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Delta Launches Second COVID-Tested Corridor from United States

Delta Launches Second COVID-Tested Corridor from United States
Joe Cortez

Days after announcing their first partnership to offer quarantine-free travel into Europe, Delta Air Lines is adding another test-controlled corridor to their plans. Working with KLM Royal Dutch Airlines, the carriers will start COVID-tested flights starting Dec. 15, 2020.

In an effort to restart international travel, Delta Air Lines is opening up a second COVID-19 testing corridor which would allow flyers to bypass quarantine upon landing in The Netherlands. In a press release, the airline announced they would work with SkyTeam partner KLM Royal Dutch Airlines to open a testing program between Hartsfield-Jackson Atlanta International Airport (ATL) and Amsterdam Airport Schiphol.

Plan Calls for Four Weekly Flights Operated by Delta and KLM

Under the trial, four flights per week between Atlanta and Amsterdam will require travelers to submit to COVID-19 tests before and after arrival. The flights will be split evenly between Delta and KLM. Flyers who do not wish to submit to the testing will be given the option to select different flights during booking.

In order to board the flights, travelers must provide proof of a negative COVID-19 PCR test five days before arrival in The Netherlands. Once the test comes back negative, flyers must self-isolate until their day of travel. Before departing from Atlanta, flyers will be given a rapid antigen COVID-19 test, followed by a second PCR test upon arrival at Schiphol. If all three PCR test are negative, travelers will be allowed to enter Amsterdam without a 10-day government-mandated quarantine.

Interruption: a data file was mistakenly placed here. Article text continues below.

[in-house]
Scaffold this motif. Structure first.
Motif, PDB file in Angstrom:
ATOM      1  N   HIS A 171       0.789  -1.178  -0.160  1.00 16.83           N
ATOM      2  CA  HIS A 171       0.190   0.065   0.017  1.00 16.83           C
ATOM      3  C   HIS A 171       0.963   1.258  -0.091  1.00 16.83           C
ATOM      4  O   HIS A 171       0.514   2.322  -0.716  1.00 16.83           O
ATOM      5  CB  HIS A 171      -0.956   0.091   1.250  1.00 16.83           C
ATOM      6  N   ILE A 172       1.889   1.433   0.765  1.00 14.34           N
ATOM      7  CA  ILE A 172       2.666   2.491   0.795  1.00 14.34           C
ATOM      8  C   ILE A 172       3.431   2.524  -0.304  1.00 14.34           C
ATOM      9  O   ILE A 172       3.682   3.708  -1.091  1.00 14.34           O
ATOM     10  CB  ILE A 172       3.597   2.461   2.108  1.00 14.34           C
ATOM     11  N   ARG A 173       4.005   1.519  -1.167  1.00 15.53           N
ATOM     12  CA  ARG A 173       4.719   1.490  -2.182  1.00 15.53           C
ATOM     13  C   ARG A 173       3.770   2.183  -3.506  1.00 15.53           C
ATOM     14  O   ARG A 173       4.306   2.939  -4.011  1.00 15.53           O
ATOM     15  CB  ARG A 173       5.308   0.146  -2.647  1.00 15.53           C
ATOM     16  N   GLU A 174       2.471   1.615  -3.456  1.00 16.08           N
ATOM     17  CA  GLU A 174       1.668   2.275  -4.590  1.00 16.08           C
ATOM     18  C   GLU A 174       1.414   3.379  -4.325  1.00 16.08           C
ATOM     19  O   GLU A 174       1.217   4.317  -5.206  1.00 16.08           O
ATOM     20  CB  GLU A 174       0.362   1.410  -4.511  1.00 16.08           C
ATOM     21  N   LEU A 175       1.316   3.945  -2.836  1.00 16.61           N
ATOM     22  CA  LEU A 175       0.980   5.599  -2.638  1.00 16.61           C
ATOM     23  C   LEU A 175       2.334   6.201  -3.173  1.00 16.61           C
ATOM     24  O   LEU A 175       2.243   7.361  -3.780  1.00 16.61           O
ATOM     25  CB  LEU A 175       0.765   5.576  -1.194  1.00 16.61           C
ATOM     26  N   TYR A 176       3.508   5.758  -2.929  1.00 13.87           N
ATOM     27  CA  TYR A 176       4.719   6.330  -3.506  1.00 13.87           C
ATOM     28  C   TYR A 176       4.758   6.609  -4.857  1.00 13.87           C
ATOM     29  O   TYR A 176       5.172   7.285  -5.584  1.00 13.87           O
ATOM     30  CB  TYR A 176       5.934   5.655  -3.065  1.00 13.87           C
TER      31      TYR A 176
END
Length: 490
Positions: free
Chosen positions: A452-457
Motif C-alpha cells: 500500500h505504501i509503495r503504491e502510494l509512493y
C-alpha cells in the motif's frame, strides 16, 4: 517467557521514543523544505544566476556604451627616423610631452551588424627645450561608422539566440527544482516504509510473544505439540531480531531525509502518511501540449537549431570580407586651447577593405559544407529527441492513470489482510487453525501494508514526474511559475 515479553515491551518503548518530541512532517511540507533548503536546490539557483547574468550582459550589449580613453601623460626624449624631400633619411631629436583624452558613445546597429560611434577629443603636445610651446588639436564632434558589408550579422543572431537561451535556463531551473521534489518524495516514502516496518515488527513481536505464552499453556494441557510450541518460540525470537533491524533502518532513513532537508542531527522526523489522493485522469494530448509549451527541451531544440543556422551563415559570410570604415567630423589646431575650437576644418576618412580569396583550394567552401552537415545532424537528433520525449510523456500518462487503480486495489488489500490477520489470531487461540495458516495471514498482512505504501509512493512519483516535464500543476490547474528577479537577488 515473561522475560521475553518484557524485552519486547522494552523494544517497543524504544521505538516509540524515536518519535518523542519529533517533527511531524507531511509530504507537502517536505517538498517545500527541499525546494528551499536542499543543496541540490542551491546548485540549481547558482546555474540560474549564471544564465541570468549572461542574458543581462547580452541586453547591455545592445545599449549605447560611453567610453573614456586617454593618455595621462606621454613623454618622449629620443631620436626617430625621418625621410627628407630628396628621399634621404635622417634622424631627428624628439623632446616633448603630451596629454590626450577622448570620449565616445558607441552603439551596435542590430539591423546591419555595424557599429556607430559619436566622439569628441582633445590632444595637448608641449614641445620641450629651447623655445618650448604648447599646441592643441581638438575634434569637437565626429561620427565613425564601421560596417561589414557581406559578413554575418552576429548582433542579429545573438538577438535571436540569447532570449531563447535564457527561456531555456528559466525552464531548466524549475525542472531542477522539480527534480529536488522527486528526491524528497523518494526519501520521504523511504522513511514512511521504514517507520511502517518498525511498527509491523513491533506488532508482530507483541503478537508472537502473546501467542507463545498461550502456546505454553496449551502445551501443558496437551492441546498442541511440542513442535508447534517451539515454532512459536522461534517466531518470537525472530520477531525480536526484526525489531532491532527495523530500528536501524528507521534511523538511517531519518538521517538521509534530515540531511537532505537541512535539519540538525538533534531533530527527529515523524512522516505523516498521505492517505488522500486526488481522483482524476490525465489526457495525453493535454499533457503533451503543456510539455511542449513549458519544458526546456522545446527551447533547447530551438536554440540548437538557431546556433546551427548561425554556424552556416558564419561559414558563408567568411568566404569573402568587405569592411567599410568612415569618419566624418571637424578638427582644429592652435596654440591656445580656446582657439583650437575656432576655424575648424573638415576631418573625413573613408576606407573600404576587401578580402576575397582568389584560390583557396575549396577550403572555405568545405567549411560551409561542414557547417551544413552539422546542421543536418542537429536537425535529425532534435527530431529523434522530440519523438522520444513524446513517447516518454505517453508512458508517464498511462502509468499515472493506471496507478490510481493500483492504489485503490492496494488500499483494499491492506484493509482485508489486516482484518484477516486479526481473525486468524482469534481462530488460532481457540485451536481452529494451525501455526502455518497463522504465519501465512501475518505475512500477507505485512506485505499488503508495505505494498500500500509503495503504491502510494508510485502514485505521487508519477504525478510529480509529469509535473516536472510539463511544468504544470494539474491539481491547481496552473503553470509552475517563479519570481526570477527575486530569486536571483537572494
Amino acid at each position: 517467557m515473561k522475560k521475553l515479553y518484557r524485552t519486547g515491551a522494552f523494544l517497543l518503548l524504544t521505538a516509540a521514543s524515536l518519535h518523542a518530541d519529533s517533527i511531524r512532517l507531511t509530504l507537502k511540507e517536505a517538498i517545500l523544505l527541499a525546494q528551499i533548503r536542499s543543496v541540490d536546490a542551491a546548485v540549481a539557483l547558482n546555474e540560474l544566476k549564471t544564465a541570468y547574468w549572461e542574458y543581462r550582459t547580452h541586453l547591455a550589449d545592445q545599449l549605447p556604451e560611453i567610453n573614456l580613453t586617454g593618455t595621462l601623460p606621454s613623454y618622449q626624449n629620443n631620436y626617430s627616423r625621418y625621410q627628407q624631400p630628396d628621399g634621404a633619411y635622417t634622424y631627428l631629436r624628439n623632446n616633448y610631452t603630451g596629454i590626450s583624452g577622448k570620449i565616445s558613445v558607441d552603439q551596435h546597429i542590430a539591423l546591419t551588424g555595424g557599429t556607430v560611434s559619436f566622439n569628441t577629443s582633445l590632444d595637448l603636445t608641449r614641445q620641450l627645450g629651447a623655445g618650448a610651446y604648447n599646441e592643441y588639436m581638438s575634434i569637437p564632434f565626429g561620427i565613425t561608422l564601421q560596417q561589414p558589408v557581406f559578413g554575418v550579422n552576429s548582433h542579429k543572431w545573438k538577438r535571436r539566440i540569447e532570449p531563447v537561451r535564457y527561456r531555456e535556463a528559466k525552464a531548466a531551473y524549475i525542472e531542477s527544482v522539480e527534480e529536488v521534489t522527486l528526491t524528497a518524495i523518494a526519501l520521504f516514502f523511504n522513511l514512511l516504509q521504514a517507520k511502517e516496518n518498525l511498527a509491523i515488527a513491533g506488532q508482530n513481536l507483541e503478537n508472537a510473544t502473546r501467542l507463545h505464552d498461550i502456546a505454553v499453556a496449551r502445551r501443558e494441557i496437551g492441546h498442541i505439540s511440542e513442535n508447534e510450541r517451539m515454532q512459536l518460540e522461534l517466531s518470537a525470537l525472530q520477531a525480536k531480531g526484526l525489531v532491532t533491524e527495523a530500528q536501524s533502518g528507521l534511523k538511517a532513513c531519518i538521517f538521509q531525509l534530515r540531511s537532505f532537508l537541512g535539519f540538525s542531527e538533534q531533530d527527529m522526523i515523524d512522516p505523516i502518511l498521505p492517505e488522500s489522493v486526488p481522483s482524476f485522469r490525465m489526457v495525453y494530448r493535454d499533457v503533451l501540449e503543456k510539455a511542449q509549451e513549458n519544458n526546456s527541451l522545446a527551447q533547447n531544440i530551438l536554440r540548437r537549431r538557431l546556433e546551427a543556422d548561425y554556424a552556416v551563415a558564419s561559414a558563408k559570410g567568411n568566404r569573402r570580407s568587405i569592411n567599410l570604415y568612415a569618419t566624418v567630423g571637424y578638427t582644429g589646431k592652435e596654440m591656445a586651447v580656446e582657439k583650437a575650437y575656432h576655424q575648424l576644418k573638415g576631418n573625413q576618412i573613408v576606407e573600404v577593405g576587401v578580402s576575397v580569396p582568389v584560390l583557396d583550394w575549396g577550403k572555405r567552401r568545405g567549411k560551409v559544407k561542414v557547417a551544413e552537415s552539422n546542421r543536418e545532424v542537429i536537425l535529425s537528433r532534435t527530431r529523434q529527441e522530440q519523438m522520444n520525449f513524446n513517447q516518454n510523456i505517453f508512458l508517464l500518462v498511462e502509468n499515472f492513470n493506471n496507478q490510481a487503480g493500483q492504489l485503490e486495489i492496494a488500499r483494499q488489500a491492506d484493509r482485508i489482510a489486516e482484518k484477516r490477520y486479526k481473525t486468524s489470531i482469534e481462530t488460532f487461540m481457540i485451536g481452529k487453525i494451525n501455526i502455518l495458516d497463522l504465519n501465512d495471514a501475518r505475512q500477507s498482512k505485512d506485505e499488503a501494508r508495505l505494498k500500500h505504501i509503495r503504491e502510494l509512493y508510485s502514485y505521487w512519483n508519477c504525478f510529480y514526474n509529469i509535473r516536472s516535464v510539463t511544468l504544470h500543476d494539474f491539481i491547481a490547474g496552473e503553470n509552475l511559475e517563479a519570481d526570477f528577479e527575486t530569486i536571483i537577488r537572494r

“All stakeholders need to work together on a systematic approach to rapid testing and build these tests into the passenger experience, so quarantine measures can be lifted as quickly as possible,” Pieter Elbers, president and CEO of KLM Royal Dutch Airlines, said in a press release. “This is fundamental to restore passengers’ and governments’ confidence in air travel.”

Although the testing scheme marks an important step towards re-opening international travel, it doesn’t give tourists a free entry option into Europe. According to Delta, the option will only be available for those traveling “for essential reasons,” including work, health or education reasons.

Atlanta-Amsterdam Corridor Second Test Controlled Route for Delta

The four weekly flights between Atlanta and Amsterdam are the second test-controlled route for Delta from their headquarter city and Europe. In the previous week, the carrier also announced a partnership which would open test-controlled travel between the United States and Rome. Like the Amsterdam flights, the Atlanta-Rome option would be limited to travelers with qualified reasons to enter Italy.

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1 Comment

  1. bimmerfreak0

    December 13, 2020 at 6:13 am

    Wow, I get to have my skulls sinuses swabbed only thrice to fly to Europe??? Shut up and take someone else’s money!

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